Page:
• divisor doesn't need self, so lets mark it as a @staticmethod. The only point of self in the other two is to be able to call another method of the class. So they can also become @staticmethod. But:
  • You're not really using anything as a class. It's just three related functions. Personally, I'd skip the class and just make them functions (especially if you're only ever really using the 2xn matrix form). But let's leave them as a class for instructional sake. In that case, it makes more sense to pass the number to the constructor and make the arrays as part of the initialization (this means the functions aren't static after all). We'll move all the functions into the initialization (they're not that long anymore), and create properties with getters.
  • search_reduce is the indices 0 and len-1. It should be better named, and you shouldn't use np.searchsorted when you know what the outcome will be. But that whole section is really convoluted. Since you know it's going to be the outer two values, you can just use array_[0] and array_[-1] and delete those (and because its numpy, we can take and delete in one command each). It's now generic enough that you don't need the if len_arr_ > 2 anymore: while array_.size: reduced_arrays.append(array_[[0,-1]]); array_ = np.delete(array_,[0,-1]).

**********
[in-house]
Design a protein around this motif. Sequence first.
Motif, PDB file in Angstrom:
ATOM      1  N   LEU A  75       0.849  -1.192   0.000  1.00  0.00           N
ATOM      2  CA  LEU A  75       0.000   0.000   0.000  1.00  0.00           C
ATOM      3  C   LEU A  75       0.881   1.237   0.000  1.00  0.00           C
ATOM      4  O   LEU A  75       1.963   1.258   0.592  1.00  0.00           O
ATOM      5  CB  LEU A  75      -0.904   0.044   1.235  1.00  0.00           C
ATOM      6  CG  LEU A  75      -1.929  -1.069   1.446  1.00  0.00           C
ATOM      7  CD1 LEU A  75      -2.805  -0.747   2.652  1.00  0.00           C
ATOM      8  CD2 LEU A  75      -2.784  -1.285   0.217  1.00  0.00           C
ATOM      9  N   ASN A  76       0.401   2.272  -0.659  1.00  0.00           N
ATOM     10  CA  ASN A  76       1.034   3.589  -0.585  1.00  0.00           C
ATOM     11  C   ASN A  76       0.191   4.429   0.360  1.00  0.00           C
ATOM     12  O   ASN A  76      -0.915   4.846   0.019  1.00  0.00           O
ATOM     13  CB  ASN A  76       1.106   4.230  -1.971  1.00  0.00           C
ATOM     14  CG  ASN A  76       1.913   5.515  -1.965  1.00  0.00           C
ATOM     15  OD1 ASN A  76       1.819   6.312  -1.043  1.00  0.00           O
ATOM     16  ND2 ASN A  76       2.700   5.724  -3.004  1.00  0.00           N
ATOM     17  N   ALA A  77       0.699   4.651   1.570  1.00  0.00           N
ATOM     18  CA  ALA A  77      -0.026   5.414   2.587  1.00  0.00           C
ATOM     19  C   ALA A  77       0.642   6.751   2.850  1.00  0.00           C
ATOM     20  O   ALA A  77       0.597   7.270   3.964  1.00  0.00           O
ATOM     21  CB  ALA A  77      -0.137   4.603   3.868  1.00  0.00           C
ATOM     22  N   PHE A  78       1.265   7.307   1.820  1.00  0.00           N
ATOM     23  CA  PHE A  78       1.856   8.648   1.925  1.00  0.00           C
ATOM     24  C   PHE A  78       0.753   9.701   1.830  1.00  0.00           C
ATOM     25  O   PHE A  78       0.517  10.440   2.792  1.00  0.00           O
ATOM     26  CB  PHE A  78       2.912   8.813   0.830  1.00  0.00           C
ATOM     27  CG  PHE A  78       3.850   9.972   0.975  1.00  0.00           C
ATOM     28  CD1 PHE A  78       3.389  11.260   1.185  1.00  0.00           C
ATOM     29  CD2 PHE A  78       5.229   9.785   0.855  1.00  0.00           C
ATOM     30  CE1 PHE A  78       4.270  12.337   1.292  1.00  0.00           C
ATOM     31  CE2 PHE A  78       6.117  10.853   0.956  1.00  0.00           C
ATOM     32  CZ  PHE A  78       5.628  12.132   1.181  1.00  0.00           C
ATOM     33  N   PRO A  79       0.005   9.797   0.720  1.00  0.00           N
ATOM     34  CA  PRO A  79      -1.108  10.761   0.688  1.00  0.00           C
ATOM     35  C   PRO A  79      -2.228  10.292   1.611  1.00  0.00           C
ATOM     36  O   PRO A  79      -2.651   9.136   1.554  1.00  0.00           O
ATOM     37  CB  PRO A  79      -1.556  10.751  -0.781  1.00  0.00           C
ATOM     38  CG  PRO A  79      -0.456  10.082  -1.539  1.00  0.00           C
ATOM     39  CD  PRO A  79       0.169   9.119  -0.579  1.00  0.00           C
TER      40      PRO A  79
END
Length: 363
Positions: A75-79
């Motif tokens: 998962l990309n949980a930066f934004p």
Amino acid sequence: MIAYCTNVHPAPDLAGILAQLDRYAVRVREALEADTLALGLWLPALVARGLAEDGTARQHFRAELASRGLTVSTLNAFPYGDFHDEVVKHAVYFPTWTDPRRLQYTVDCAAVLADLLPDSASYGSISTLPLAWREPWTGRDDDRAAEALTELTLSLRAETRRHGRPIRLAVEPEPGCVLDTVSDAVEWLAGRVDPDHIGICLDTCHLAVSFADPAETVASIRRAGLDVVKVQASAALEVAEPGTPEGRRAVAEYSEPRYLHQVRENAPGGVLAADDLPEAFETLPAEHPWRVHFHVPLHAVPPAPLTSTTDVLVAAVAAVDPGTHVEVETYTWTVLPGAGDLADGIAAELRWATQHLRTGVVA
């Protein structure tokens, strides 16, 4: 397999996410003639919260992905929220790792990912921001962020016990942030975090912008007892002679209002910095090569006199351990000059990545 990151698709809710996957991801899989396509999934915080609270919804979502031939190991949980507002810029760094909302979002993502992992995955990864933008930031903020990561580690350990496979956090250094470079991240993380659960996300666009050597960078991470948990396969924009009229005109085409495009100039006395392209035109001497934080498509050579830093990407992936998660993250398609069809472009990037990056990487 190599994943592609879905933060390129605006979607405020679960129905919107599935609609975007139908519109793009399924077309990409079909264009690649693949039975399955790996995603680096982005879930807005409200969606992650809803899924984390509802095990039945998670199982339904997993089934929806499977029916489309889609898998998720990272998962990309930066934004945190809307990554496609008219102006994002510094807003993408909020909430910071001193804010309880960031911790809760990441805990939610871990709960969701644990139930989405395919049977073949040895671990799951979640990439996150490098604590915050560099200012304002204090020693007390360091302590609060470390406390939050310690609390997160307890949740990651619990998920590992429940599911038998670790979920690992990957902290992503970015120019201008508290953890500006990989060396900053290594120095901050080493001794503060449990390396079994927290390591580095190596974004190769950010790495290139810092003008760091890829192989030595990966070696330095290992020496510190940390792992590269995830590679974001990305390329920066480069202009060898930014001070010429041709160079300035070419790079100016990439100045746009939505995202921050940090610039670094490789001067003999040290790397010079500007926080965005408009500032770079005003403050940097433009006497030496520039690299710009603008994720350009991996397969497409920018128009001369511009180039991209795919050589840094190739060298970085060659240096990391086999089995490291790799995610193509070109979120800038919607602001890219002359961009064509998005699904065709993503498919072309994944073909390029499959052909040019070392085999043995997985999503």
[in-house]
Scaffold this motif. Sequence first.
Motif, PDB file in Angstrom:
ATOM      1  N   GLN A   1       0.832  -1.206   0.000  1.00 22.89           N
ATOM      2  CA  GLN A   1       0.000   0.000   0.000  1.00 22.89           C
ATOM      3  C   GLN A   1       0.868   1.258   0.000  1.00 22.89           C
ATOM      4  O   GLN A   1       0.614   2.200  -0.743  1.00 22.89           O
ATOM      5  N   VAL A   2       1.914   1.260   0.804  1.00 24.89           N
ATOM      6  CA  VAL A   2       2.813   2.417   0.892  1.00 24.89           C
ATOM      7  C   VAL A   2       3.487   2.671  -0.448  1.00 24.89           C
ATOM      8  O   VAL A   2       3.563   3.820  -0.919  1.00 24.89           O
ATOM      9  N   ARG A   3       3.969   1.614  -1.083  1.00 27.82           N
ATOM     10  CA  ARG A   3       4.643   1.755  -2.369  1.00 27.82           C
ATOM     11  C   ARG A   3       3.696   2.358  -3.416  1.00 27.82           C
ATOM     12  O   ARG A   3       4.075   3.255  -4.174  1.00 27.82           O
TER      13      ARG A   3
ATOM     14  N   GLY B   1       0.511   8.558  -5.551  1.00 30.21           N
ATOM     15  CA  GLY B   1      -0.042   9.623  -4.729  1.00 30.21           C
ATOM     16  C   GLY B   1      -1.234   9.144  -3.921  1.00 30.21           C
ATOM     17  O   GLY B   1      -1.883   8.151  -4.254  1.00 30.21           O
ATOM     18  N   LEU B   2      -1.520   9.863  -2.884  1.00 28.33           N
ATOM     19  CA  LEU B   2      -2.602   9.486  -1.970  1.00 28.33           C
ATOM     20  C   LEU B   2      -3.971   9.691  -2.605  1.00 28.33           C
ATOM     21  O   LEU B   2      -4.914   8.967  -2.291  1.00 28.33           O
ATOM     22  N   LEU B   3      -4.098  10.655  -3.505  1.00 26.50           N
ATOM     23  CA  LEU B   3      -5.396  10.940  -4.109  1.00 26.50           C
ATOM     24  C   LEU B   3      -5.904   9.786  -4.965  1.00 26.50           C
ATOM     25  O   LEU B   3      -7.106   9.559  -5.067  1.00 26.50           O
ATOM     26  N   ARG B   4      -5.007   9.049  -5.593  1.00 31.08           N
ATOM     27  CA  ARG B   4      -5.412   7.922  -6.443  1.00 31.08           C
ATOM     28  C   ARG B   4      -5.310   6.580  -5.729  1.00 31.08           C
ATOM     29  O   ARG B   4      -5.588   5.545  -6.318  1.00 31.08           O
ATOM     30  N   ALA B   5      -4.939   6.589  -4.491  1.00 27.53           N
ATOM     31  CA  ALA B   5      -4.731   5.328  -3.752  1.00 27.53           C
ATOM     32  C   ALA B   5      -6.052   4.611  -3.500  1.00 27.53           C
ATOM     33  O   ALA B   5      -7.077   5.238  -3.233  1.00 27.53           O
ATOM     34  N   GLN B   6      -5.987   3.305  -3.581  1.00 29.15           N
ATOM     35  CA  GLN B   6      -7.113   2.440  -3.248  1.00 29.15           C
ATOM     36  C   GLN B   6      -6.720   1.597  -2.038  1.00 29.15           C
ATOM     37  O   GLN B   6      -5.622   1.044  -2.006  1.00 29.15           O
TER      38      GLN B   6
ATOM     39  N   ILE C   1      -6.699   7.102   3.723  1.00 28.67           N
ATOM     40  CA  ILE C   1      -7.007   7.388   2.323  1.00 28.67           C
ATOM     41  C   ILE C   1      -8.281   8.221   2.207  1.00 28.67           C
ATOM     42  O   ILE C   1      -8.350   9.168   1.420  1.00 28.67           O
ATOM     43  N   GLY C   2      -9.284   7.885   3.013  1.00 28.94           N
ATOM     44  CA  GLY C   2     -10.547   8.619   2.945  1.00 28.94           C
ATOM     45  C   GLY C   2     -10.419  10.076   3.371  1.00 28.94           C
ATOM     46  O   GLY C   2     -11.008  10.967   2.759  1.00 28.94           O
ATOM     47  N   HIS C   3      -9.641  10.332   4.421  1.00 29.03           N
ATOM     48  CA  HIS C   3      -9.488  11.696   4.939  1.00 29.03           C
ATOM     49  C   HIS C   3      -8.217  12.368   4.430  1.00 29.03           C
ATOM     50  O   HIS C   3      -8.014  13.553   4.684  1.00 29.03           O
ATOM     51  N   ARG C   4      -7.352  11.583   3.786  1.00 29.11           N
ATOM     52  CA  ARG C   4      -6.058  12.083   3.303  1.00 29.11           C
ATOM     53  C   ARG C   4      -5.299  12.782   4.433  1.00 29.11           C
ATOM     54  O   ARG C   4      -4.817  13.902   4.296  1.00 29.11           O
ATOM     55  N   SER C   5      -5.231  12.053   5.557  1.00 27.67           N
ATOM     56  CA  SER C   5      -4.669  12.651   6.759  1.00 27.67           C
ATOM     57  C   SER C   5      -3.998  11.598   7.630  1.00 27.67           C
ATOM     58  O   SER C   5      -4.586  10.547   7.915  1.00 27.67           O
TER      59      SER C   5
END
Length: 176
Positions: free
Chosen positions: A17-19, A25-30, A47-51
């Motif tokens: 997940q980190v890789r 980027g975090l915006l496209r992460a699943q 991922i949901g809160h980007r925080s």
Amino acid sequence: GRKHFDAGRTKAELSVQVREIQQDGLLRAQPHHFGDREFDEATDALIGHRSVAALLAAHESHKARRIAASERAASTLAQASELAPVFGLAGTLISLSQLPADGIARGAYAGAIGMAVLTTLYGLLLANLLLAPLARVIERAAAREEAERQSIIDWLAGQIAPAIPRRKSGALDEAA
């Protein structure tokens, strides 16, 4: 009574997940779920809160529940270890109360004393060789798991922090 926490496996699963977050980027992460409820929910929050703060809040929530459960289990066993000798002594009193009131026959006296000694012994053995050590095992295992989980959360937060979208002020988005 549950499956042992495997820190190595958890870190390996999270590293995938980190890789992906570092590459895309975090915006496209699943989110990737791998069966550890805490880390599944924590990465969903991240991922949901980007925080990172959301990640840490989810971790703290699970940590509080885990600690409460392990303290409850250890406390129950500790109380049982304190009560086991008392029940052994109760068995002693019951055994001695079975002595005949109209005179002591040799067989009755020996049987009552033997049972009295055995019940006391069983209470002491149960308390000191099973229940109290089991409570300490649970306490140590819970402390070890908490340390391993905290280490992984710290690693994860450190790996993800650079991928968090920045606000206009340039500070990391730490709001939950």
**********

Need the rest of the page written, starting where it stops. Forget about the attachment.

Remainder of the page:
• Even better: we know that the first column will be the first half of the array, and the second column will be the last half of the array, but in the other order. Let's just do that.
  • Even better: if number is big, then you don't want to take too much time checking all the intermediate values for divisors. You can use a shortcut: when you find a divisor, you know that number/divisor is also a divisor. And if you've been looking from 1 onward, then number/divisor is already decreasing. (If number is really big, it will be better to find the divisors using the prime factorization of number, but that's a much more complicated topic.)